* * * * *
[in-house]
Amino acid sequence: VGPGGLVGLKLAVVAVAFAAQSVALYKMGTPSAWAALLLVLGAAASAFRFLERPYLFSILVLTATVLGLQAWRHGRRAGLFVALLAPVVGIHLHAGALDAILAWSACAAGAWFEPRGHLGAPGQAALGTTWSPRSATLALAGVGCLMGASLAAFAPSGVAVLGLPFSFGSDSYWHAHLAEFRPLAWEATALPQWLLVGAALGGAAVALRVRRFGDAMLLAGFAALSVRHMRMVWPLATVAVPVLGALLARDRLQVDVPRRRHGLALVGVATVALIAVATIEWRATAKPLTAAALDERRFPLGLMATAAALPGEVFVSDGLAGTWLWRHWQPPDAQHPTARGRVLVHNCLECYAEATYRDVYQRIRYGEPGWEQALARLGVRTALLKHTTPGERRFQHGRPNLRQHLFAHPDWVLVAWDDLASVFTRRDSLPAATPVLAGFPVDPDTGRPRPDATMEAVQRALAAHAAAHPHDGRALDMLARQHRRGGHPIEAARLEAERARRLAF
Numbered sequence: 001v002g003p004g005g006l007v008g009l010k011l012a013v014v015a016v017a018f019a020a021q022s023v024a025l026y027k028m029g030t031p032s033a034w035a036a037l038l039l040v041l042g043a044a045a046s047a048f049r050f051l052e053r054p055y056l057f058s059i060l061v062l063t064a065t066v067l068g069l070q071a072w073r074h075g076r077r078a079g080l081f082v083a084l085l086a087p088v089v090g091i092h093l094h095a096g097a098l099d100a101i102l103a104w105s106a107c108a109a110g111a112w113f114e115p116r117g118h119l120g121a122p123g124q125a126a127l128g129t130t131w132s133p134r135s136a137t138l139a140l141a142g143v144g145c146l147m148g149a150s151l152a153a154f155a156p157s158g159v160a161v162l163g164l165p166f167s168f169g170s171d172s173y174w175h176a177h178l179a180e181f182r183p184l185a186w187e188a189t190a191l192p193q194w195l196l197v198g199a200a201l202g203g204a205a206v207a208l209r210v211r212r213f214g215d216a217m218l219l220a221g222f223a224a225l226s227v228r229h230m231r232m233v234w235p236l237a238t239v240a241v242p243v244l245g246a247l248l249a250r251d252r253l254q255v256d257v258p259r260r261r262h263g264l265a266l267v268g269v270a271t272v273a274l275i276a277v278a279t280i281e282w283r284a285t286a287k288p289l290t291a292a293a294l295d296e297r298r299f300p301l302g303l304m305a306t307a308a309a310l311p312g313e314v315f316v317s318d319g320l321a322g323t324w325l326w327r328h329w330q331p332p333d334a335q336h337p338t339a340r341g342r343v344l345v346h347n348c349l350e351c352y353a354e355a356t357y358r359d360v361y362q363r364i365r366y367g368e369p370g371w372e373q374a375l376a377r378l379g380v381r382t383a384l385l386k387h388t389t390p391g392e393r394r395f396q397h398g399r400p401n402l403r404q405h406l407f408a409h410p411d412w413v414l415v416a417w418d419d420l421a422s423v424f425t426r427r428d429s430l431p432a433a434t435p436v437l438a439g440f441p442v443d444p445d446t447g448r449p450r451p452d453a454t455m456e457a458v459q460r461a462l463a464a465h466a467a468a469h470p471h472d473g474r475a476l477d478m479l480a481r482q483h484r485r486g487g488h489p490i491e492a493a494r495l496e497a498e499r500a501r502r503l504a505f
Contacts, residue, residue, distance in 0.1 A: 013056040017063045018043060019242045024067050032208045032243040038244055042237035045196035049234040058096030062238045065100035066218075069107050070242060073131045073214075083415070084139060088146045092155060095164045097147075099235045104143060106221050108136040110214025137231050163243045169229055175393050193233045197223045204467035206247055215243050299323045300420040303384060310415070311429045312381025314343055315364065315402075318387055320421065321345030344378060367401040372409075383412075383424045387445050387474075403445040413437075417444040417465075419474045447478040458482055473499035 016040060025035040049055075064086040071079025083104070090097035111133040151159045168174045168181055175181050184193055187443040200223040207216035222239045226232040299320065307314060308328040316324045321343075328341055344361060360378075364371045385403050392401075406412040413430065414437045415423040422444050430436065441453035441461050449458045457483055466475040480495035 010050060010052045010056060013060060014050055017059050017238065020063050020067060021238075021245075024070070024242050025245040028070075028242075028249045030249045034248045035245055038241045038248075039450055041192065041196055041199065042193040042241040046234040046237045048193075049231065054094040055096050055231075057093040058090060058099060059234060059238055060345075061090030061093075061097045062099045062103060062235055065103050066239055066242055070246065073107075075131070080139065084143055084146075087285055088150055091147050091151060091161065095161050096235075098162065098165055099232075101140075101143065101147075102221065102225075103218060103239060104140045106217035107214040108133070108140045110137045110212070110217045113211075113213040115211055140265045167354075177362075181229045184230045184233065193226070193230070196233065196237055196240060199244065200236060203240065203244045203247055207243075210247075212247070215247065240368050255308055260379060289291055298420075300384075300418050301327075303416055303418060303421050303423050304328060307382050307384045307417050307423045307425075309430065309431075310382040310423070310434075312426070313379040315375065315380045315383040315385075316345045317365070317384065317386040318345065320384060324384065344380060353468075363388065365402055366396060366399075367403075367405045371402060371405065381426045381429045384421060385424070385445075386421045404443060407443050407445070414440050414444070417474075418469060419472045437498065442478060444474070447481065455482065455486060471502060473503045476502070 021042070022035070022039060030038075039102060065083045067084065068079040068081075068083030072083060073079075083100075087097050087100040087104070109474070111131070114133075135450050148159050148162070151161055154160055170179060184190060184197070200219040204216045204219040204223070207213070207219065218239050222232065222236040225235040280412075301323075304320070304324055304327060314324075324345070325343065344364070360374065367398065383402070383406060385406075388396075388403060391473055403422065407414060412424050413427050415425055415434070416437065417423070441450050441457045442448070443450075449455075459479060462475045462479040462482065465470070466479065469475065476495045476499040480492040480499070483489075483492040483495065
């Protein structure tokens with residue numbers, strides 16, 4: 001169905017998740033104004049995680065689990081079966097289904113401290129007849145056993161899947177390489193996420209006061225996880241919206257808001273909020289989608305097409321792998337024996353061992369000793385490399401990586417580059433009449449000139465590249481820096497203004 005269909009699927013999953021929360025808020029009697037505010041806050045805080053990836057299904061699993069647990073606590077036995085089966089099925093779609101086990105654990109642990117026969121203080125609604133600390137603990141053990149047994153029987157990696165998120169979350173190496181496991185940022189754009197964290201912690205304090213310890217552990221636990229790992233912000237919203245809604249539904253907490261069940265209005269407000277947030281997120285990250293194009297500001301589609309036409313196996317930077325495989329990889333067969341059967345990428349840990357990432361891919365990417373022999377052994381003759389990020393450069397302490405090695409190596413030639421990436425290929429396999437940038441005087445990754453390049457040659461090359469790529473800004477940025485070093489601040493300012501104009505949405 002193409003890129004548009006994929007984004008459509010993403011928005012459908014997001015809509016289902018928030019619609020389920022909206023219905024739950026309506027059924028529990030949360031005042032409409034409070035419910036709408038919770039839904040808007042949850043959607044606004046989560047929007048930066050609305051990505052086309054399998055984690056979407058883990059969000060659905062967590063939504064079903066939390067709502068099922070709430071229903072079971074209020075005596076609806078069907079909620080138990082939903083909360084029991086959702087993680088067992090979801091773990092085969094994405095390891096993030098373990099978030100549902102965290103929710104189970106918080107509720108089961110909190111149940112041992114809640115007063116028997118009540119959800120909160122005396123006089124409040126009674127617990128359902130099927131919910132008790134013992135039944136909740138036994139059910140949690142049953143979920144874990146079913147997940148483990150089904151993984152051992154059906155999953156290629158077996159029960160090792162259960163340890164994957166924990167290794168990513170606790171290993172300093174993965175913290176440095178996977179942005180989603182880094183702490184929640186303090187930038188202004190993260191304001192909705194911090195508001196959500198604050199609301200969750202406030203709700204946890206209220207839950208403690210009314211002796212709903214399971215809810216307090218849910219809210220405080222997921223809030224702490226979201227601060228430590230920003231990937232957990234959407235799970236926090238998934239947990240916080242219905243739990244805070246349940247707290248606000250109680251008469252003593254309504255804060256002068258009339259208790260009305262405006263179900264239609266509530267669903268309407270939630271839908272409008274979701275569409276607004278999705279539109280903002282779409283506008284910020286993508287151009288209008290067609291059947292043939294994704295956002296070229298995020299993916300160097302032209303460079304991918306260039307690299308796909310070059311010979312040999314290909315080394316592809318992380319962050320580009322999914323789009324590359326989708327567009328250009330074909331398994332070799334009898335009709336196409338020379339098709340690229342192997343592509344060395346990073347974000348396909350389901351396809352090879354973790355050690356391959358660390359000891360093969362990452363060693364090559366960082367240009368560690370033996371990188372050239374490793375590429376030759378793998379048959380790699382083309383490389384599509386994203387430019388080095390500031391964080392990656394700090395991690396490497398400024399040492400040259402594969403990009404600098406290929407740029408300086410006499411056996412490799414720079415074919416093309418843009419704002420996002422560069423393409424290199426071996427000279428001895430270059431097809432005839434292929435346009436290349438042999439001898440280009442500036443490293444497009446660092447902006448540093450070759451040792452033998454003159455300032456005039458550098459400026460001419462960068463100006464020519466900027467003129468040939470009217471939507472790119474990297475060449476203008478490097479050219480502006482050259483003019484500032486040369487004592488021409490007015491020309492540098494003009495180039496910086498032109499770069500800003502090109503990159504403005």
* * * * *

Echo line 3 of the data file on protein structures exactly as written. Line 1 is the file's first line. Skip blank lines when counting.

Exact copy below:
Numbered sequence: 001v002g003p004g005g006l007v008g009l010k011l012a013v014v015a016v017a018f019a020a021q022s023v024a025l026y027k028m029g030t031p032s033a034w035a036a037l038l039l040v041l042g043a044a045a046s047a048f049r050f051l052e053r054p055y056l057f058s059i060l061v062l063t064a065t066v067l068g069l070q071a072w073r074h075g076r077r078a079g080l081f082v083a084l085l086a087p088v089v090g091i092h093l094h095a096g097a098l099d100a101i102l103a104w105s106a107c108a109a110g111a112w113f114e115p116r117g118h119l120g121a122p123g124q125a126a127l128g129t130t131w132s133p134r135s136a137t138l139a140l141a142g143v144g145c146l147m148g149a150s151l152a153a154f155a156p157s158g159v160a161v162l163g164l165p166f167s168f169g170s171d172s173y174w175h176a177h178l179a180e181f182r183p184l185a186w187e188a189t190a191l192p193q194w195l196l197v198g199a200a201l202g203g204a205a206v207a208l209r210v211r212r213f214g215d216a217m218l219l220a221g222f223a224a225l226s227v228r229h230m231r232m233v234w235p236l237a238t239v240a241v242p243v244l245g246a247l248l249a250r251d252r253l254q255v256d257v258p259r260r261r262h263g264l265a266l267v268g269v270a271t272v273a274l275i276a277v278a279t280i281e282w283r284a285t286a287k288p289l290t291a292a293a294l295d296e297r298r299f300p301l302g303l304m305a306t307a308a309a310l311p312g313e314v315f316v317s318d319g320l321a322g323t324w325l326w327r328h329w330q331p332p333d334a335q336h337p338t339a340r341g342r343v344l345v346h347n348c349l350e351c352y353a354e355a356t357y358r359d360v361y362q363r364i365r366y367g368e369p370g371w372e373q374a375l376a377r378l379g380v381r382t383a384l385l386k387h388t389t390p391g392e393r394r395f396q397h398g399r400p401n402l403r404q405h406l407f408a409h410p411d412w413v414l415v416a417w418d419d420l421a422s423v424f425t426r427r428d429s430l431p432a433a434t435p436v437l438a439g440f441p442v443d444p445d446t447g448r449p450r451p452d453a454t455m456e457a458v459q460r461a462l463a464a465h466a467a468a469h470p471h472d473g474r475a476l477d478m479l480a481r482q483h484r485r486g487g488h489p490i491e492a493a494r495l496e497a498e499r500a501r502r503l504a505f